Your example is quite a common situation that is resolved with project management. The IT consulting firms have their own tenured PMs which, dependent on when they are engaged and at what level, will provide a roadmap to the projects deliverables, inherent risks, resources required, anticipated timelines for the completion of the project, it's resources (internal and external) as well as budgeting from start to finish. These organizations thrive because of their experience, their depth in allocating their own resources (1099's or from a bench of available employees) to a project, and ultimately bringing a more cost effective project to completion with foreseen budgeting and time to completion having been addressed in a granular fashion. Time is money, and knowing that a roadmap can be set forth to complete a project and deliver as efficiently as possible will ensure a company large enough to need these firms will not compromise it's own internal operations in completing such an endeavor. Ie. Training internal people to handle their daily roles as well as rolling out new infrastructure, software, processes, procedures, what have you. Thats why these firms are leveraged and why they are profitable in a world of consistently changing technologies.
Large consulting firms often serve as Partners/System Integrators for large software development firms. This way, the software firms can focus on their products and the consulting firms can spend time with the customers.
Often, a consulting firm will facilitate a business transformation, which may involve several software implementation/integration/confirmation projects, some business process re-engineering, strategic management consulting and custom software development.
The consulting firms often hire contractors for remote engagements. At the end of the project, some of those contractors will become employees of the consulting firm and others will go on to continue as contractors elsewhere.
Before give a point of view (not a real answer because the question is really open) I will give some more information about what means a project as big as you mention.
First point: The cost of a such project:
If you said that 1000 Man power are workingper year,it's approximatively 1000*220=220.000 man days per year. If the project is approximatively 660.000 man days at about 600 € per days it's a total cost of 396.000.000 €, how big it is!!!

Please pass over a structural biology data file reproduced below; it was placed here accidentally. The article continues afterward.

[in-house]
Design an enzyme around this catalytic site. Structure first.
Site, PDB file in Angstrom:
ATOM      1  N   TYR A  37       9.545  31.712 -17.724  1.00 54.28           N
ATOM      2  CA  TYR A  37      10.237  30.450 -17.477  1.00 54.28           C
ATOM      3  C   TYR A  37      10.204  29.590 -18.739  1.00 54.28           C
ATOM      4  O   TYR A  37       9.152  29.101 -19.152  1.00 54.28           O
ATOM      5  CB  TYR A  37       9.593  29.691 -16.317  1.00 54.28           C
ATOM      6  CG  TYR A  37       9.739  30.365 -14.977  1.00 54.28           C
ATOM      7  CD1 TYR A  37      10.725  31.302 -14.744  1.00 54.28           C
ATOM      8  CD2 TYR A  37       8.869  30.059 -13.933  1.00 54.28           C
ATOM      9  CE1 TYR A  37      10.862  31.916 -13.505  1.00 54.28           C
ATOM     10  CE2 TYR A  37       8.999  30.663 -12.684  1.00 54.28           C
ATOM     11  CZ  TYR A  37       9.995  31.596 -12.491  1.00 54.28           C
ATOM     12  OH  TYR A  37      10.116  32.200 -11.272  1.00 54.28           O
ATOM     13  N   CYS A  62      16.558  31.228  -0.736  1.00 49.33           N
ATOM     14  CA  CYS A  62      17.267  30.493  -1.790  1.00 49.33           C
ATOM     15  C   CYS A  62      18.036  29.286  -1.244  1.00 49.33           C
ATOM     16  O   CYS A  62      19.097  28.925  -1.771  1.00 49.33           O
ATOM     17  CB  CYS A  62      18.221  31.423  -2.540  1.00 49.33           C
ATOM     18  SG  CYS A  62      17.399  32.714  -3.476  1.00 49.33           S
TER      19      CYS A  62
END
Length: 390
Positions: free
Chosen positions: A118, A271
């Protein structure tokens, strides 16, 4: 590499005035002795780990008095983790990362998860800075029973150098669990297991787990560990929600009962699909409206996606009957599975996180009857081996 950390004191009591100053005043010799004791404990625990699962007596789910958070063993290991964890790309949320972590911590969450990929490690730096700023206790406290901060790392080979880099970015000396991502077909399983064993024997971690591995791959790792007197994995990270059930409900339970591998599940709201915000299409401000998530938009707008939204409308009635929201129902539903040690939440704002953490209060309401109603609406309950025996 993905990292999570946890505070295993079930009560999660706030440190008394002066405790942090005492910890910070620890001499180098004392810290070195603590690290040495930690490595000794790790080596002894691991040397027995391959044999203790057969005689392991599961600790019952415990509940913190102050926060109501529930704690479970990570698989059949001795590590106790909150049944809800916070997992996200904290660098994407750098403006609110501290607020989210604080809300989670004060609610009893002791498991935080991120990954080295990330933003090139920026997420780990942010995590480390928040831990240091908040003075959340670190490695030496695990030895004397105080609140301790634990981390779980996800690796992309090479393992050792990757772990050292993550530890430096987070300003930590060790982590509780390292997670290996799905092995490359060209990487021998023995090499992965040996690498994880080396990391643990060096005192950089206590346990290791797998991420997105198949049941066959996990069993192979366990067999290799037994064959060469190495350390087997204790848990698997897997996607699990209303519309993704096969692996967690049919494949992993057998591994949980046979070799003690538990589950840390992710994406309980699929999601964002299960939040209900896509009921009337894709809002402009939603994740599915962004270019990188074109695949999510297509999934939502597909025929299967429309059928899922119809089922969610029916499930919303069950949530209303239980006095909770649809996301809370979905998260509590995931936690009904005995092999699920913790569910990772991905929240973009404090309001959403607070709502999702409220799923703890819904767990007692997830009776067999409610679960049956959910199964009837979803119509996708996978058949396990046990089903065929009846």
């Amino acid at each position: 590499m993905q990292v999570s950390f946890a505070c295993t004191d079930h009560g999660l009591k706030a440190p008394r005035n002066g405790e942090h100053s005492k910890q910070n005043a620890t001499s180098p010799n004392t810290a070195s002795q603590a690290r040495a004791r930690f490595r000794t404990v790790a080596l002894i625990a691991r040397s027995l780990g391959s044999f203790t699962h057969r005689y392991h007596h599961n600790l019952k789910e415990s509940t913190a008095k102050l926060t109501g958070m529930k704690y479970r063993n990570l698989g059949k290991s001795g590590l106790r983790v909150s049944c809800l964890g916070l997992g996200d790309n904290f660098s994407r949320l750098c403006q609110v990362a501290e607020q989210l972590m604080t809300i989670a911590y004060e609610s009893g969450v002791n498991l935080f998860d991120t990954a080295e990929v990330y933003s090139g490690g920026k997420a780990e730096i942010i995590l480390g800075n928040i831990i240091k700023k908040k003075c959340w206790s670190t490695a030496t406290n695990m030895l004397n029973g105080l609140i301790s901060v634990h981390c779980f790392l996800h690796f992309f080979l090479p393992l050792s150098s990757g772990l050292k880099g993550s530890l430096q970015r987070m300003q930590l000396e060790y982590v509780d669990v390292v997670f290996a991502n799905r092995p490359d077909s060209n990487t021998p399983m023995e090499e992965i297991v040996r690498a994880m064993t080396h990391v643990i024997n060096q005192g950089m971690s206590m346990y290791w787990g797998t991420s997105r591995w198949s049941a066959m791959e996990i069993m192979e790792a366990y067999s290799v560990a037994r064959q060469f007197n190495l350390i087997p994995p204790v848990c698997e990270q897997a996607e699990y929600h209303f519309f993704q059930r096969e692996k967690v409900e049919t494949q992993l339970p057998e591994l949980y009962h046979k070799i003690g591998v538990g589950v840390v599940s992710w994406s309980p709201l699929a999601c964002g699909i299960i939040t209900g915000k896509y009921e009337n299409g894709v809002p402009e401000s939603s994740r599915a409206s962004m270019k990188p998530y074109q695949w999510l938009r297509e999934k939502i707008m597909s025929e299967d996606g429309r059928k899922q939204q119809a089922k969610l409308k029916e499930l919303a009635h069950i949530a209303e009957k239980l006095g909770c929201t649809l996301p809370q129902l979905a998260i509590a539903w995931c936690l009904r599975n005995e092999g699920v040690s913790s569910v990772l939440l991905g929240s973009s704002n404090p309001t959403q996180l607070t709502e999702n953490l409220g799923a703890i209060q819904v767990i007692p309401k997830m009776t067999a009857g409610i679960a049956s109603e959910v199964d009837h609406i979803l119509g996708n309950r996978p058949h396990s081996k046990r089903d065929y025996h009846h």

The jobs diversity:
For that kind of project, you necessary have many différents activities to manage. Different kind of project manager (functional, planning management, cost management, QA, development, infrastrucure, ...) many differents kind of developpers (EAI, .Net, Java, SQL, ...) designers, Operations, Architects, Security ,...
So, many expertise are needed to succeed.
And finaly to reply, If thinking that consultant companies like you mentionned have many différents employees on many different field of expertise.
They are able to work with 1.000 of small to Big companies.
They share the global service market and there is work (hopefully) for everybody in IT. There force is to have a great knowledge diversification and they are able to inovate as well as to only execute.
Sorry for my English,
Bigger they grow, bigger their business development teams are. So, well before a big project ends, they start adding juniors and start drawing seniors to other projects. There is a planned transition even for a period of a year+ in such big projects.
Its all planned , before the project goes live , a planning team would have already booked those resources for another project based upon the need. Yeah but some of them may move to some other vendor if the planning team doesnt see the need of resources based upon projects in flight or in pipeline.
Hi Sampath, its not about a project, companies have their own way of handling such situations. For example as you said if 1000 manpower required for a project, not all 1000 are employees of the these companies, they just work through them. So once the project is over its not a big deal for them to move on only the support is provided by their employees. Also, they do have a potential of finding plenty of new projects in same technology and domain, so that they keep engaging those people in case of they being their direct employees.!!!
1) All four of your examples are consulting companies, not IT companies. Yes, they provide IT services, but it's not the same thing as an actual IT shop (i.e. Microsoft, Google, or Cisco).
2) The real answer to your question lies in my first point. Being a service-based company means they are structured completely different from what your'e thinking. It'd be far too great an explanation to go through in a post like this, but the REALLY simplified version is that consulting firms are elastic in their staff, and tend to have very few "employees". In the case of Accenture and CSC, probably less than 30% of the people branded as "Accenture" are actually on the payroll.